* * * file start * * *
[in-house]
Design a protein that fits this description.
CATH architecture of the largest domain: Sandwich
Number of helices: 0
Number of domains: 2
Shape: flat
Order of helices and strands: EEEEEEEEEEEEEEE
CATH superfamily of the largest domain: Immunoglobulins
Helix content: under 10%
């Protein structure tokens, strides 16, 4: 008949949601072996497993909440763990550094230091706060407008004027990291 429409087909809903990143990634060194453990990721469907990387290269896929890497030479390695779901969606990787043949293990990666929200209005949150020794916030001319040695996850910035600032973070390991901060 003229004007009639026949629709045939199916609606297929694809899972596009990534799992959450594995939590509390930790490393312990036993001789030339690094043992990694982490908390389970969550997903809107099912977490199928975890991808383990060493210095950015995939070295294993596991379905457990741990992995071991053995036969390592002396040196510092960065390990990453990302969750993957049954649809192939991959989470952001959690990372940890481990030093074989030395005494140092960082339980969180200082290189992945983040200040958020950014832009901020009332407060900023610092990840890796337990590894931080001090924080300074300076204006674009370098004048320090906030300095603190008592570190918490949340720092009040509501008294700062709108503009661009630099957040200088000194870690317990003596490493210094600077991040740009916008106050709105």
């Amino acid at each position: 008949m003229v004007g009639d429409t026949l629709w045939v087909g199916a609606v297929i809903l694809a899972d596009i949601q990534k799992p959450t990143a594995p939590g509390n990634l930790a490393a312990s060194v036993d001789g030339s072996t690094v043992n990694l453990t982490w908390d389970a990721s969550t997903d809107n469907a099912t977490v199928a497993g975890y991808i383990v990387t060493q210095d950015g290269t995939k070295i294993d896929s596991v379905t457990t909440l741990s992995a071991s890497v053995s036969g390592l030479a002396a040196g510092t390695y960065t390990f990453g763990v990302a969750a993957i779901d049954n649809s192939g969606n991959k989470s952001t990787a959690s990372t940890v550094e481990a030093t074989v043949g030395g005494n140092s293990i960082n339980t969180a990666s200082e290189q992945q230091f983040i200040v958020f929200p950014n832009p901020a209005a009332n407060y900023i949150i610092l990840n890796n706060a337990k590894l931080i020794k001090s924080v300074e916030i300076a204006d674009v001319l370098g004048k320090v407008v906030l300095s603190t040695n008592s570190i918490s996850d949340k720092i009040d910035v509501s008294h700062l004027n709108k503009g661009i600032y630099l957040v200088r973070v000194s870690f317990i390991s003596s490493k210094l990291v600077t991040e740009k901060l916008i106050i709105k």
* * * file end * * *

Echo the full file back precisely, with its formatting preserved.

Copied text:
[in-house]
Design a protein that fits this description.
CATH architecture of the largest domain: Sandwich
Number of helices: 0
Number of domains: 2
Shape: flat
Order of helices and strands: EEEEEEEEEEEEEEE
CATH superfamily of the largest domain: Immunoglobulins
Helix content: under 10%
């Protein structure tokens, strides 16, 4: 008949949601072996497993909440763990550094230091706060407008004027990291 429409087909809903990143990634060194453990990721469907990387290269896929890497030479390695779901969606990787043949293990990666929200209005949150020794916030001319040695996850910035600032973070390991901060 003229004007009639026949629709045939199916609606297929694809899972596009990534799992959450594995939590509390930790490393312990036993001789030339690094043992990694982490908390389970969550997903809107099912977490199928975890991808383990060493210095950015995939070295294993596991379905457990741990992995071991053995036969390592002396040196510092960065390990990453990302969750993957049954649809192939991959989470952001959690990372940890481990030093074989030395005494140092960082339980969180200082290189992945983040200040958020950014832009901020009332407060900023610092990840890796337990590894931080001090924080300074300076204006674009370098004048320090906030300095603190008592570190918490949340720092009040509501008294700062709108503009661009630099957040200088000194870690317990003596490493210094600077991040740009916008106050709105």
């Amino acid at each position: 008949m003229v004007g009639d429409t026949l629709w045939v087909g199916a609606v297929i809903l694809a899972d596009i949601q990534k799992p959450t990143a594995p939590g509390n990634l930790a490393a312990s060194v036993d001789g030339s072996t690094v043992n990694l453990t982490w908390d389970a990721s969550t997903d809107n469907a099912t977490v199928a497993g975890y991808i383990v990387t060493q210095d950015g290269t995939k070295i294993d896929s596991v379905t457990t909440l741990s992995a071991s890497v053995s036969g390592l030479a002396a040196g510092t390695y960065t390990f990453g763990v990302a969750a993957i779901d049954n649809s192939g969606n991959k989470s952001t990787a959690s990372t940890v550094e481990a030093t074989v043949g030395g005494n140092s293990i960082n339980t969180a990666s200082e290189q992945q230091f983040i200040v958020f929200p950014n832009p901020a209005a009332n407060y900023i949150i610092l990840n890796n706060a337990k590894l931080i020794k001090s924080v300074e916030i300076a204006d674009v001319l370098g004048k320090v407008v906030l300095s603190t040695n008592s570190i918490s996850d949340k720092i009040d910035v509501s008294h700062l004027n709108k503009g661009i600032y630099l957040v200088r973070v000194s870690f317990i390991s003596s490493k210094l990291v600077t991040e740009k901060l916008i106050i709105k």